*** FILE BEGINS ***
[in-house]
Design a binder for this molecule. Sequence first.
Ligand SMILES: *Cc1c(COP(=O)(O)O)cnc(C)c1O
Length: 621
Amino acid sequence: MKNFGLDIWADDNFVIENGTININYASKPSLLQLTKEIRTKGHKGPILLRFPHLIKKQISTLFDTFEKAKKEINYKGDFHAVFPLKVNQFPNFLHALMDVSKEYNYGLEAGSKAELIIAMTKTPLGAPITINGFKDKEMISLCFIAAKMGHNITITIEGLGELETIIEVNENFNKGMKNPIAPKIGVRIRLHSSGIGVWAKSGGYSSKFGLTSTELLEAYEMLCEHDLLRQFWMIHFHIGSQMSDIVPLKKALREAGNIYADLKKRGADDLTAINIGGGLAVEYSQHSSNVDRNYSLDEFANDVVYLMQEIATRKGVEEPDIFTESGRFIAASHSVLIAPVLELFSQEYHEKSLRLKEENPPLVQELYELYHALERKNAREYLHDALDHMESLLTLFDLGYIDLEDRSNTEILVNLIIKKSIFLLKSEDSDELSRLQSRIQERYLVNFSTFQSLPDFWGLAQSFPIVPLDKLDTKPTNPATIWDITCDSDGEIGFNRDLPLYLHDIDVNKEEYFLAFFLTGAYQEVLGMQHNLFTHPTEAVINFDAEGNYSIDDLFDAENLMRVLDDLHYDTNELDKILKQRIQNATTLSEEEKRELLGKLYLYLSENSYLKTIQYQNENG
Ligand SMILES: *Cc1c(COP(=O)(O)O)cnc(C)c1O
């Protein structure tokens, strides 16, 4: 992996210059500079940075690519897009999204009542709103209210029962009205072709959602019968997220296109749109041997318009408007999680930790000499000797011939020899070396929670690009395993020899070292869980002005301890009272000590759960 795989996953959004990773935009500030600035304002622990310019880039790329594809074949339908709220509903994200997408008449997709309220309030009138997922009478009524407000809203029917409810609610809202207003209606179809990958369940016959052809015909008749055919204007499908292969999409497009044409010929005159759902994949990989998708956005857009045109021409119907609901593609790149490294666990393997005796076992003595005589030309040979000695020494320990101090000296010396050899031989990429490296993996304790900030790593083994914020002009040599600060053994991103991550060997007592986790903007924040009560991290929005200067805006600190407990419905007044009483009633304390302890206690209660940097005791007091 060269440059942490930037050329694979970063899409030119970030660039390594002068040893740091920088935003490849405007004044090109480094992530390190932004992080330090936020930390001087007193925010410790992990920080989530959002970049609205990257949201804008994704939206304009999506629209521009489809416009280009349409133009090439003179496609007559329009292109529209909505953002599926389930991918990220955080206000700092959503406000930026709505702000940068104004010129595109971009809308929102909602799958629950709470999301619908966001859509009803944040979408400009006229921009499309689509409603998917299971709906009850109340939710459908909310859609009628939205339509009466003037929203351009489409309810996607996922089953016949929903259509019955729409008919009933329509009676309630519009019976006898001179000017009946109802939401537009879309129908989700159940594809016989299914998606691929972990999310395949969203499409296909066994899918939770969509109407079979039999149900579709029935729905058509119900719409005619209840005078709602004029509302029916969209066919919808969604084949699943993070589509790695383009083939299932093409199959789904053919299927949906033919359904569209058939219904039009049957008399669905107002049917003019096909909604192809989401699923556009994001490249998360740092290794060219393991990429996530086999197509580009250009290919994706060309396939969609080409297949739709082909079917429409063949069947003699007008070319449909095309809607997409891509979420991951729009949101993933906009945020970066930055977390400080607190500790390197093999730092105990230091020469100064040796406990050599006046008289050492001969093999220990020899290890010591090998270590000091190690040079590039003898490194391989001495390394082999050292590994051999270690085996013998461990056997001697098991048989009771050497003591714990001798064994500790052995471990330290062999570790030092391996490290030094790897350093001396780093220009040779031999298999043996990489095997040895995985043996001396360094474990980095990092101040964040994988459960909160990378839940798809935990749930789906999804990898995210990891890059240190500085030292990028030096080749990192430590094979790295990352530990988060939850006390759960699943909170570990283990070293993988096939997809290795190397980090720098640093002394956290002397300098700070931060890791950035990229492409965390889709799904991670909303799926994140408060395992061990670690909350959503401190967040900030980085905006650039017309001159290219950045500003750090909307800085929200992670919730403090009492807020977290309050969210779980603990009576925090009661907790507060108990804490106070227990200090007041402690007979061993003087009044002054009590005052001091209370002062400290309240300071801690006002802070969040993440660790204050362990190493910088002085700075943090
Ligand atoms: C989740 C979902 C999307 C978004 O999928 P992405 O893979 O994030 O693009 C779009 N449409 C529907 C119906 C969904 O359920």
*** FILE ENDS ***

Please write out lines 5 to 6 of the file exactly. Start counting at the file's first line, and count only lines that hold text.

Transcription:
Amino acid sequence: MKNFGLDIWADDNFVIENGTININYASKPSLLQLTKEIRTKGHKGPILLRFPHLIKKQISTLFDTFEKAKKEINYKGDFHAVFPLKVNQFPNFLHALMDVSKEYNYGLEAGSKAELIIAMTKTPLGAPITINGFKDKEMISLCFIAAKMGHNITITIEGLGELETIIEVNENFNKGMKNPIAPKIGVRIRLHSSGIGVWAKSGGYSSKFGLTSTELLEAYEMLCEHDLLRQFWMIHFHIGSQMSDIVPLKKALREAGNIYADLKKRGADDLTAINIGGGLAVEYSQHSSNVDRNYSLDEFANDVVYLMQEIATRKGVEEPDIFTESGRFIAASHSVLIAPVLELFSQEYHEKSLRLKEENPPLVQELYELYHALERKNAREYLHDALDHMESLLTLFDLGYIDLEDRSNTEILVNLIIKKSIFLLKSEDSDELSRLQSRIQERYLVNFSTFQSLPDFWGLAQSFPIVPLDKLDTKPTNPATIWDITCDSDGEIGFNRDLPLYLHDIDVNKEEYFLAFFLTGAYQEVLGMQHNLFTHPTEAVINFDAEGNYSIDDLFDAENLMRVLDDLHYDTNELDKILKQRIQNATTLSEEEKRELLGKLYLYLSENSYLKTIQYQNENG
Ligand SMILES: *Cc1c(COP(=O)(O)O)cnc(C)c1O